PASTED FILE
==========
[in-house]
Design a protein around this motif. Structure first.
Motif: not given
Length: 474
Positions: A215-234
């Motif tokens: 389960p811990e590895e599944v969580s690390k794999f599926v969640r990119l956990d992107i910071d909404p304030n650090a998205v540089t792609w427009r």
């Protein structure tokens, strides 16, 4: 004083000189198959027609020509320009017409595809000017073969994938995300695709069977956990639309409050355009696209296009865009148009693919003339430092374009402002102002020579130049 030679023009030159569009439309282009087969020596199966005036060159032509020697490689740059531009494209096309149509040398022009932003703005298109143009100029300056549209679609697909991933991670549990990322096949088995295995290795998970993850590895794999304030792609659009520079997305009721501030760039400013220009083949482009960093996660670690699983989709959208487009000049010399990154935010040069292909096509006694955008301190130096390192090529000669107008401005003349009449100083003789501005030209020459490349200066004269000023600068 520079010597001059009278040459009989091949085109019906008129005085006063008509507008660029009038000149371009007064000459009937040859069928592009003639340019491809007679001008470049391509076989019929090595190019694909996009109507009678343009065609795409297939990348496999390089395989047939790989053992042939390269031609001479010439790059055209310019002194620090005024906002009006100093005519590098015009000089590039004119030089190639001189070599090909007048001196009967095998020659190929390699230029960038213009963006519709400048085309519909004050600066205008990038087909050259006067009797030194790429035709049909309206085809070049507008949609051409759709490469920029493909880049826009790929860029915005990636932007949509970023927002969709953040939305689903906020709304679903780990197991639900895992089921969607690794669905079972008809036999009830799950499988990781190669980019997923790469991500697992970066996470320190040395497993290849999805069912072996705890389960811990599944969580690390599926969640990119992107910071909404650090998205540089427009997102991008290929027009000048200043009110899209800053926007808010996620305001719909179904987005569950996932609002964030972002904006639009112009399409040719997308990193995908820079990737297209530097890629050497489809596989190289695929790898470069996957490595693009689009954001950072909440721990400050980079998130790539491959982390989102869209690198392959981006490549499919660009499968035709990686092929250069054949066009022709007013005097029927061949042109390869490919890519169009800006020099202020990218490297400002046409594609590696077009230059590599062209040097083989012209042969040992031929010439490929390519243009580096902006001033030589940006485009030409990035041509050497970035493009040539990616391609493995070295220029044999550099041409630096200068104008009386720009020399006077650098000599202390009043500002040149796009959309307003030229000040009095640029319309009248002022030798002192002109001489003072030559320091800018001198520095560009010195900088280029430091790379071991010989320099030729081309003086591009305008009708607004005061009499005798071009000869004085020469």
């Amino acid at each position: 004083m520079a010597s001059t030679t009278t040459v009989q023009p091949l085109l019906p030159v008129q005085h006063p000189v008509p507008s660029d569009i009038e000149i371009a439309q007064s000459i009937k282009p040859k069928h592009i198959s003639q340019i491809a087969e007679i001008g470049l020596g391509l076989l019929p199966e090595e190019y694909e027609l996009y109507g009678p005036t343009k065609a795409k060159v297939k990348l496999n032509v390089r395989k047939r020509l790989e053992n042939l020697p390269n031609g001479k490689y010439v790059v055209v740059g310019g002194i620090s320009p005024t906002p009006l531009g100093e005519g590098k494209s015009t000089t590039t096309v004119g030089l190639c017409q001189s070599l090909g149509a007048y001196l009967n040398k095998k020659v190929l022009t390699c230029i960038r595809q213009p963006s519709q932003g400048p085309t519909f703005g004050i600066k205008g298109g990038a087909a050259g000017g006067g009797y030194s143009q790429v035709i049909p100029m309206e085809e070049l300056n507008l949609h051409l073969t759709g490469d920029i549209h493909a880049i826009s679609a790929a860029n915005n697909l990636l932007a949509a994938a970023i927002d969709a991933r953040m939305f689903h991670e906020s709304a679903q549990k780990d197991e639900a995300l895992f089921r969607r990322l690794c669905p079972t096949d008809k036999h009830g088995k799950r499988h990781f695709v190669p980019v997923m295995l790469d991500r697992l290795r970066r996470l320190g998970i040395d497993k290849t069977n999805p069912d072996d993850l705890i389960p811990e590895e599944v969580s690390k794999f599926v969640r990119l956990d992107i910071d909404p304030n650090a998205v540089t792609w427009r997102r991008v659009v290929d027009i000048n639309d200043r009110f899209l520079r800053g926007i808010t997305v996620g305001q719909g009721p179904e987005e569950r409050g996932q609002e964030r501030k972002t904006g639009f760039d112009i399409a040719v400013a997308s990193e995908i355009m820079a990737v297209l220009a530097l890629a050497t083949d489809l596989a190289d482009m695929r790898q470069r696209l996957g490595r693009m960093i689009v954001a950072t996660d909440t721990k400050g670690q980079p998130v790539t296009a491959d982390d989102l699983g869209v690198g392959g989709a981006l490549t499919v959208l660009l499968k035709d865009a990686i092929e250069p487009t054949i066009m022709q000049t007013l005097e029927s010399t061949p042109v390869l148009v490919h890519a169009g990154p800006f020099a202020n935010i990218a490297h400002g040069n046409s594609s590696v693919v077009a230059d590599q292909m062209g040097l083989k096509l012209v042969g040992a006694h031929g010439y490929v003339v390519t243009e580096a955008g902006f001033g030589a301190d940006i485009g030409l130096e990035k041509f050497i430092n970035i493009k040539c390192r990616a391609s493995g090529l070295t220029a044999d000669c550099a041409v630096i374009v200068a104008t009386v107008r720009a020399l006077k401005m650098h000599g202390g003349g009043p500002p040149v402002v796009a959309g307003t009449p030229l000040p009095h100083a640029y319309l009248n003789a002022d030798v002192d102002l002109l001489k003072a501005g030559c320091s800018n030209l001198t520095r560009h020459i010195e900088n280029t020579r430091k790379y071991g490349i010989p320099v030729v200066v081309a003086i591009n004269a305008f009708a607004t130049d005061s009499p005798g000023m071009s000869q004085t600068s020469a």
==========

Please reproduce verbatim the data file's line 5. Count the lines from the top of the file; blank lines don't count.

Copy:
Positions: A215-234